10 tips for implementing visualization for big data projects
November 1, 2018
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Organizations need to keep users and design at the forefront when launching data visualization efforts, according to experts. Find out why colors and sizing matter.
big data tips
Big data tips- Effective visualization for big data techniques need to go beyond just painting pretty pictures for management. Experts say enterprises can improve their results by considering layout, designing iteratively, engaging users and understanding business needs.
“The key is to tailor the specific visualization to its data, context and audience — not to blindly follow any visualization rules,” advised Aaron Kalb, vice president of design and strategic initiatives at Alation, a data catalog provider. Kalb and other experts in the field had the following 10 tips for organizations embarking on data visualization projects:
1. Keep the user in mind. Use color, form, size and placement to inform the design and use of your visualization, said Dan Gastineau, visual analytics practice lead at Aspirent, an Atlanta-based management consulting firm.
Aspirent uses color to draw attention to the aspects of the analysis that it wants users to focus on. Size effectively communicates quantity, but too much use of different sizes to communicate information can become confusing. Instead, size is employed selectively in places where consultancy team members want to emphasize a point. Form determines the shapes used to present an analysis: for example, whether to use line or bar charts to present certain types of information. Placement of objects is as critical to effective communication as the objects themselves, Gastineau said.
2. Tell a coherent story. Speak to your audience and keep design simple and focused. Minute details like colors to the number of charts can help ensure that a dashboard tells a coherent story. “A dashboard, much like a book, needs design elements that keep the reader in mind and does not simply force fit all the data one has access to,” said Saurabh Abhyankar, senior vice president of product management at MicroStrategy. The design of dashboards will be a factor that drives adoption.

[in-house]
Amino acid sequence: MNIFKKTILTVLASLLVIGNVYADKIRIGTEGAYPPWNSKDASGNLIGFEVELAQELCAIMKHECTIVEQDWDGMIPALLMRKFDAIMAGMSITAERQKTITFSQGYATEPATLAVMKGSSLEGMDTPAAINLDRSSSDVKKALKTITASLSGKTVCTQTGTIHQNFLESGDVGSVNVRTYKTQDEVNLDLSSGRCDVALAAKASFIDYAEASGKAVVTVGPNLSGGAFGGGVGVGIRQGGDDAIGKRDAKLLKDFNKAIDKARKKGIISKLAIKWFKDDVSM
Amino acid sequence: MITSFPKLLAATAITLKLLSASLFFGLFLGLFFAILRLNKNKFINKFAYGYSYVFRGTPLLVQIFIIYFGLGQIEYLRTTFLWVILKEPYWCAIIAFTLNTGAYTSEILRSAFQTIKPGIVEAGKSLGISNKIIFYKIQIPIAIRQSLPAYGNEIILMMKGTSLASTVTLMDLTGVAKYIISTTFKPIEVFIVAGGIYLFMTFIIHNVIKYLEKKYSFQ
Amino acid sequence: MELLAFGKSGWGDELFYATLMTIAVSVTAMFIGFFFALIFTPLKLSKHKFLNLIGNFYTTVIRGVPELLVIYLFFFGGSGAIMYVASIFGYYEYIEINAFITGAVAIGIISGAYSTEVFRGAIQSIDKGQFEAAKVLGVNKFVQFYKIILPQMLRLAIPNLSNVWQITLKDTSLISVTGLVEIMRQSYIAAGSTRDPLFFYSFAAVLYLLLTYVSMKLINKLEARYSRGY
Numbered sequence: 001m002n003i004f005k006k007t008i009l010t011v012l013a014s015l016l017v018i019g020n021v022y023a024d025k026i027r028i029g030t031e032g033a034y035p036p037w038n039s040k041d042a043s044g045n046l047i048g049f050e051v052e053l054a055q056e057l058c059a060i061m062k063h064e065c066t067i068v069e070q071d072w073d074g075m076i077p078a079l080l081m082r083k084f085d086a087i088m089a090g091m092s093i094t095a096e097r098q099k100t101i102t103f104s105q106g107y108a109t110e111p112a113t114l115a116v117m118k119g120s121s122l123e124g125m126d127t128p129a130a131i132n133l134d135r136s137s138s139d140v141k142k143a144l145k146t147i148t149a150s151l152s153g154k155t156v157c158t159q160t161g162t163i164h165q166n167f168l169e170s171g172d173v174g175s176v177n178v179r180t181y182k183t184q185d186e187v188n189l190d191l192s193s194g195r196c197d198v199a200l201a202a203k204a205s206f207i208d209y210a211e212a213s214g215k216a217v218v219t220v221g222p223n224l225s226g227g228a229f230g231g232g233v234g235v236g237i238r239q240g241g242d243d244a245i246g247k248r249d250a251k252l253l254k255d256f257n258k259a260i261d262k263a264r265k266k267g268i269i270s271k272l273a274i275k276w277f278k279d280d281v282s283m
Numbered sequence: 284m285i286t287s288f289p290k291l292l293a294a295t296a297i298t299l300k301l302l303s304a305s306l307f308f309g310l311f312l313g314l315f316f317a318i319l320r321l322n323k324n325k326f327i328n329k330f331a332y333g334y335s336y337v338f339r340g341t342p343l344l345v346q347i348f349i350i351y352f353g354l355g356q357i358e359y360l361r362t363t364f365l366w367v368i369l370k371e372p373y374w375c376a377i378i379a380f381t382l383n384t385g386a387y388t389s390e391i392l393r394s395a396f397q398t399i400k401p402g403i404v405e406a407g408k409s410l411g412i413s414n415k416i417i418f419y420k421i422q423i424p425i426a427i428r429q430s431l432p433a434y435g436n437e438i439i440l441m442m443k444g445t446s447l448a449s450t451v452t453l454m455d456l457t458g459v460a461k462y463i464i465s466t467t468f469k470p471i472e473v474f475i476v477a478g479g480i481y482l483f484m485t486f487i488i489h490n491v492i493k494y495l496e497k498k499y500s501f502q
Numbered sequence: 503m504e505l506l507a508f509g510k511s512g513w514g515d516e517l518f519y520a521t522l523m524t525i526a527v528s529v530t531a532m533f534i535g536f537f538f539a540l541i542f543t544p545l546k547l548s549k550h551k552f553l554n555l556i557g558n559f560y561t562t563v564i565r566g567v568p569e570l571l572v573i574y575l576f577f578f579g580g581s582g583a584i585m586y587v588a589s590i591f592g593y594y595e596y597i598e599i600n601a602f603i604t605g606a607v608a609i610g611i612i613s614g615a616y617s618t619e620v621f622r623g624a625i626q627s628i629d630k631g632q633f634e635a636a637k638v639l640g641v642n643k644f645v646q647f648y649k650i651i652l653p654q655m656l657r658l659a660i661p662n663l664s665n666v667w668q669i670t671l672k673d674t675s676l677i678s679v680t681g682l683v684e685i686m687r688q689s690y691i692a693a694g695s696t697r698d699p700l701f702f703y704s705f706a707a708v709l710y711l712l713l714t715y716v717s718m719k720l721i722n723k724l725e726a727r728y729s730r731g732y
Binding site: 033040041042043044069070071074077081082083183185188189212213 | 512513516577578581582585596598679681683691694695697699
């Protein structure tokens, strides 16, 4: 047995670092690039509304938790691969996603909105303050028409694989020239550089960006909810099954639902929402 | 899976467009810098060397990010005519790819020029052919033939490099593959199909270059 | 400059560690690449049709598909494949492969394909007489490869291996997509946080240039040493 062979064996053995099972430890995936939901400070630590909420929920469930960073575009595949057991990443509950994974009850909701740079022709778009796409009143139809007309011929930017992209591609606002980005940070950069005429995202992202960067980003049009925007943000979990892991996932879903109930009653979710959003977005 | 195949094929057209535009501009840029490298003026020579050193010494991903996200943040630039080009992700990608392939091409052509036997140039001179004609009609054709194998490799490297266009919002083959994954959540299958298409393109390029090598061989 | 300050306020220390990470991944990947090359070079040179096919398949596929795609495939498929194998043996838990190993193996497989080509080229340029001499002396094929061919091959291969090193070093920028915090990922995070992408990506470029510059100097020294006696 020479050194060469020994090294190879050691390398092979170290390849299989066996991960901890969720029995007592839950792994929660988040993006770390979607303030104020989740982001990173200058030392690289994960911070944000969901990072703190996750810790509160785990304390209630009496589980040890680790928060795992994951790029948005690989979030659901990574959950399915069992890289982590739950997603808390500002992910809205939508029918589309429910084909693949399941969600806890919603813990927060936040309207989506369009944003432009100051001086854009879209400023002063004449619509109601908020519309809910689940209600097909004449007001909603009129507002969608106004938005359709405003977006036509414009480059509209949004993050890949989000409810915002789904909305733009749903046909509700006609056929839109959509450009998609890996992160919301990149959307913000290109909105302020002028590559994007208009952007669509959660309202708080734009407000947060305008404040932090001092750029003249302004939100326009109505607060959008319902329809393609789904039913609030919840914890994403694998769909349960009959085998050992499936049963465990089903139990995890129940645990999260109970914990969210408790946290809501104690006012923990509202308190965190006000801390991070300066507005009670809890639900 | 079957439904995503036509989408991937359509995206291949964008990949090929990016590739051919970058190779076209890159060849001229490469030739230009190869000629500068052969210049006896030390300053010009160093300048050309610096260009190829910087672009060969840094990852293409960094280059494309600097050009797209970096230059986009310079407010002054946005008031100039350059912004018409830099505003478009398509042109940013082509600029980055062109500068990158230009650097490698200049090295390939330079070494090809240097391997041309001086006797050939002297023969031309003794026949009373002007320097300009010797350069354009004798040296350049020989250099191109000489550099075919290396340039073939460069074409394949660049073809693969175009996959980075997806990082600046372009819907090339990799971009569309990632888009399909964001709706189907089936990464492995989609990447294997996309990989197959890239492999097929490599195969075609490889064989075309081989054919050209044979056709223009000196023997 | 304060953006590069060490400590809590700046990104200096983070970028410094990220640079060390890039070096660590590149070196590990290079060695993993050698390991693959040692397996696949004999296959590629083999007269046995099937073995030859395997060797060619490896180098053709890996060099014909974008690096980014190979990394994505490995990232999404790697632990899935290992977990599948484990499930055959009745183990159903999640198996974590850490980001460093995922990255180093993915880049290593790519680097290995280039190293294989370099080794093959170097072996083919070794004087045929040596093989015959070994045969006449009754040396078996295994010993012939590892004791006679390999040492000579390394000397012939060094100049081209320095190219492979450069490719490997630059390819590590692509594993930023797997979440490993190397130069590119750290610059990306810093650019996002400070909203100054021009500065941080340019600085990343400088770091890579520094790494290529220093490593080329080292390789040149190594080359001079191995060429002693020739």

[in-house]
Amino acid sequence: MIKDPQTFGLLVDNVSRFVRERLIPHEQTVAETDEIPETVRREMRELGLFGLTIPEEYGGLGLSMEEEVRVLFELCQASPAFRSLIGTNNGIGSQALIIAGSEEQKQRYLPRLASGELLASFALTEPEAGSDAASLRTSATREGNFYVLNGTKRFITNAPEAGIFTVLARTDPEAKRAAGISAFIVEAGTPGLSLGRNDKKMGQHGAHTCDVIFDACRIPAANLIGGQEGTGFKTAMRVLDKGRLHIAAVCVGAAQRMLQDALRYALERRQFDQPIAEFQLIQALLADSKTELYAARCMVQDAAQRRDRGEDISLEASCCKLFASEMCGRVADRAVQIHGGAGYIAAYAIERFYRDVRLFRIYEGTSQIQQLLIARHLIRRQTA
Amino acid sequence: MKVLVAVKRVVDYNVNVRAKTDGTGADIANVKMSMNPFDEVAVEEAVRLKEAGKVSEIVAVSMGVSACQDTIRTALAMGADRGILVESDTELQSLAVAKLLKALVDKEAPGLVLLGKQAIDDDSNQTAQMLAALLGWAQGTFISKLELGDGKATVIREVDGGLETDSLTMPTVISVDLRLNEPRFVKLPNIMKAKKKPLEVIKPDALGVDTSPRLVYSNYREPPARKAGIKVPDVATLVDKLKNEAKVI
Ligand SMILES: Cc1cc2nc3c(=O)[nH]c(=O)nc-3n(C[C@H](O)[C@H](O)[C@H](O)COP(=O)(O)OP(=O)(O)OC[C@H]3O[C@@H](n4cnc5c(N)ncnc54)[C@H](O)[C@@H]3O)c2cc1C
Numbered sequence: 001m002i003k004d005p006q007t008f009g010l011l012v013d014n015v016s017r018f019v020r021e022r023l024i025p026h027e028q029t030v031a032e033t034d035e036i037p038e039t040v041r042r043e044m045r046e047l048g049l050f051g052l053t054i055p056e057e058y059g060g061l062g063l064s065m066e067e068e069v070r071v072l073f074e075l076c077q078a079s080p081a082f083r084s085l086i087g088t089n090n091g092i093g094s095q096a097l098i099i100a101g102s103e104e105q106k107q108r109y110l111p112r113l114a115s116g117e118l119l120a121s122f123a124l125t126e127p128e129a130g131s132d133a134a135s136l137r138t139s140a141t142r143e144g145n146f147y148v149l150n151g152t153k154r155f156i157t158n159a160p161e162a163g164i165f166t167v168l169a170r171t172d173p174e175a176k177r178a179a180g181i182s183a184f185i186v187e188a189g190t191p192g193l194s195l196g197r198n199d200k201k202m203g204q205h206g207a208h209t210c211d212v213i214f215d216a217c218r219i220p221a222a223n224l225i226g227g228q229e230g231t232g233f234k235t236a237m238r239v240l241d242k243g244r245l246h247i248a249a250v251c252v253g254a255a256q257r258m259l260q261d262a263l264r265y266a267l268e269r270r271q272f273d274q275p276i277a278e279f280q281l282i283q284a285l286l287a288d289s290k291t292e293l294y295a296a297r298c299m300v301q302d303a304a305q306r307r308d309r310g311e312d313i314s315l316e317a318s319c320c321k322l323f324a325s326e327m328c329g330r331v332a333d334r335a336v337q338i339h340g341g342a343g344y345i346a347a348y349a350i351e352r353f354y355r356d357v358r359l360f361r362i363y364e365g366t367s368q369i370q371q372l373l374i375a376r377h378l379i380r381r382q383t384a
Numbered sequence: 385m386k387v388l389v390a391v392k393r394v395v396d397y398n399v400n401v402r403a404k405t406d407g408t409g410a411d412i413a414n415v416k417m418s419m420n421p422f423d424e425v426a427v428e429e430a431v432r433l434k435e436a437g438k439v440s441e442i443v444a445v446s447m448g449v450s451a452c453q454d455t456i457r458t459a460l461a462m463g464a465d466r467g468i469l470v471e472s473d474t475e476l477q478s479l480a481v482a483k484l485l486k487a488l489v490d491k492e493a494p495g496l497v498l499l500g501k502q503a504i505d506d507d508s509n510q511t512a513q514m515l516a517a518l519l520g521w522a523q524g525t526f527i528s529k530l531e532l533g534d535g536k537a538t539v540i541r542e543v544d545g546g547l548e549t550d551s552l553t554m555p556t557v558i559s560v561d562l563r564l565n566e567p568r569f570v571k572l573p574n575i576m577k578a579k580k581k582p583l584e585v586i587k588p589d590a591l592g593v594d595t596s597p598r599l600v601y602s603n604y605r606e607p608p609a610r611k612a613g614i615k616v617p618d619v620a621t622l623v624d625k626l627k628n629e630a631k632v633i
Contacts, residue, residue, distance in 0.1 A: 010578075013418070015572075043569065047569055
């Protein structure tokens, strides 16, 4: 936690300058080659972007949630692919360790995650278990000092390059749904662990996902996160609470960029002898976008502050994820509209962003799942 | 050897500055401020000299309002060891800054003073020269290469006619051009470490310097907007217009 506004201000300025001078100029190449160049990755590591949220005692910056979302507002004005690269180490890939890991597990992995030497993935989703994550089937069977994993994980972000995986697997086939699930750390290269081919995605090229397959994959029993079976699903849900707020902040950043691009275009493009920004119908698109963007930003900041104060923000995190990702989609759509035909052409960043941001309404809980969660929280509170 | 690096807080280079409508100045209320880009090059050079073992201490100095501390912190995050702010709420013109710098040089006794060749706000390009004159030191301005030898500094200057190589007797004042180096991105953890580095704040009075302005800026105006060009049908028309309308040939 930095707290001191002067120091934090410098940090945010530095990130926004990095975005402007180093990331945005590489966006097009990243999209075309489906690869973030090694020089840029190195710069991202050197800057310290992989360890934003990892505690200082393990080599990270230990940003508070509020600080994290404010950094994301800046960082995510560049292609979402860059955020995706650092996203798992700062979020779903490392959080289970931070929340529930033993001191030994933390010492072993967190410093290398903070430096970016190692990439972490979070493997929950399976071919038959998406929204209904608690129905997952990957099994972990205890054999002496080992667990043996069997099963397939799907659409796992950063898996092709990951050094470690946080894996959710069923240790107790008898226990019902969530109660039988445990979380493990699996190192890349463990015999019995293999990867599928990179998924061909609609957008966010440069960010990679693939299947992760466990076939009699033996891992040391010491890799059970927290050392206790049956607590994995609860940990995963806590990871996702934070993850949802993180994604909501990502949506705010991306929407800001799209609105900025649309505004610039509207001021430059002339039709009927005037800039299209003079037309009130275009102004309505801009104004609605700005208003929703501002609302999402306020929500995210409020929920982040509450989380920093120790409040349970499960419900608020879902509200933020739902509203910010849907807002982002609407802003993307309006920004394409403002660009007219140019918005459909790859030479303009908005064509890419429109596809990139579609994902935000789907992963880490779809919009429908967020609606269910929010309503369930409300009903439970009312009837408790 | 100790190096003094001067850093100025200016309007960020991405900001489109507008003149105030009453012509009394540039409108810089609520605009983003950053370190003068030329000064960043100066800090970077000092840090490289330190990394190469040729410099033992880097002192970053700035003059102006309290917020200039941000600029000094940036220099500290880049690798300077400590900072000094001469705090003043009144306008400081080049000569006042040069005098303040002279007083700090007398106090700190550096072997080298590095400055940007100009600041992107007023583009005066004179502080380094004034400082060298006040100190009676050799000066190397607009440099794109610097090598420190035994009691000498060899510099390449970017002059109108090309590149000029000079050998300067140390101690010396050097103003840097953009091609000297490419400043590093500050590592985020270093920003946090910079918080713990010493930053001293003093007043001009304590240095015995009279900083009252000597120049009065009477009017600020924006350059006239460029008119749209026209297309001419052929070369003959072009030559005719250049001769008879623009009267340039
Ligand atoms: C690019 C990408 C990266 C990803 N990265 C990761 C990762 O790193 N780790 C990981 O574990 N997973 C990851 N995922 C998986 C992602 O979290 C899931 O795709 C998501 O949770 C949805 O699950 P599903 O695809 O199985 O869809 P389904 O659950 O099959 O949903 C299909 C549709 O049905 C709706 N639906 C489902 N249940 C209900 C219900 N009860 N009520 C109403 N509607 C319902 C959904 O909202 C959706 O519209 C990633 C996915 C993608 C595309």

3. Prepare to design iteratively. Work in ways to elicit frequent feedback from visual analytics users. Data exploration sparks new ideas and questions over time, and making it more pertinent over time and over adoption makes users smarter.
Solicit and incorporate feedback from your recipients to improve the experience. Building a quick proof of concept, getting feedback quickly and iterating tends to lead to a better result, faster, said Nick Mihailovski, lead product manager for Data Studio at Google. Even incorporating surveys and forms into polished reports can help ensure that the result of visualization for big data efforts indeed aids the intended recipient.
4. Personalize everything. Make sure that the dashboard reveals personalized information to the end user, and make it relevant. Ensuring that the visualizations are responsive in design to the devices they’re on and offering offline access to end users will take it a long way. Engage your audience, and propagate a data culture by using well-designed and interactive visualizations to make analytics engaging and fun, Mihailovski said. It should also be intuitive for employees to access, visualize and share their reports with live, dynamic data.
5. Start with the analysis objective. Ensure that the data type and analysis objective informs what visualization type is chosen. “People often take a backwards approach by seeing a neat or obscure visualization type and then trying to fit their data to it,” Mihailovski said. A simple table or bar chart may sometimes be most effective for visualization for big data projects.
6. Keep governance in mind. This might take work, but it’s important that end users trust the data. Gather all the help you need from a technology, process and people standpoint to ensure that the data is vetted and accurate, Abhyankar said.
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Article Credit: TechTarget
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